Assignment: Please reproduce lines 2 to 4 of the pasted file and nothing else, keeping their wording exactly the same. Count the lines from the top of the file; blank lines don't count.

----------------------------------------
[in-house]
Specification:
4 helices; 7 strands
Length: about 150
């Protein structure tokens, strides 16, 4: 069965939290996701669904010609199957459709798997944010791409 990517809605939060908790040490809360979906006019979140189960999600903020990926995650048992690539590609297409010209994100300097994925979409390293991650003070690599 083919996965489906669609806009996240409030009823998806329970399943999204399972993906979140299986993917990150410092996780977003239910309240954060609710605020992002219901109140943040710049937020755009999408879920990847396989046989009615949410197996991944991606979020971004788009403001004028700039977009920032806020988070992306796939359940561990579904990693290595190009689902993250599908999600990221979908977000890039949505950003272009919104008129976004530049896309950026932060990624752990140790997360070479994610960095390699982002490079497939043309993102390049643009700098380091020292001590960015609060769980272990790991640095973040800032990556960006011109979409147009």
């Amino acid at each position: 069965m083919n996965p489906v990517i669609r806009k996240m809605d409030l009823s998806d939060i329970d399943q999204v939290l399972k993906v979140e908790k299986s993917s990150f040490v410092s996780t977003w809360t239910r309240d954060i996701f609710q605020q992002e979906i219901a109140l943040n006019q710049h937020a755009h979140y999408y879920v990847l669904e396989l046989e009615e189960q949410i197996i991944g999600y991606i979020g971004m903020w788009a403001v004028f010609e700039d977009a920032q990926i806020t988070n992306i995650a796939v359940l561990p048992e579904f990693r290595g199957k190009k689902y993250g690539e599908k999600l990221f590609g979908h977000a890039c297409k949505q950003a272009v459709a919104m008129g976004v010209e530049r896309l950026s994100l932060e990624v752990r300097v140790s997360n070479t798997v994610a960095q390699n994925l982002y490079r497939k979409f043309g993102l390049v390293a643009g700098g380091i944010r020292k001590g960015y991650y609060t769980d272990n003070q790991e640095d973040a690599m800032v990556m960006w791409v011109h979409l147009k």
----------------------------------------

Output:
Specification:
4 helices; 7 strands
Length: about 150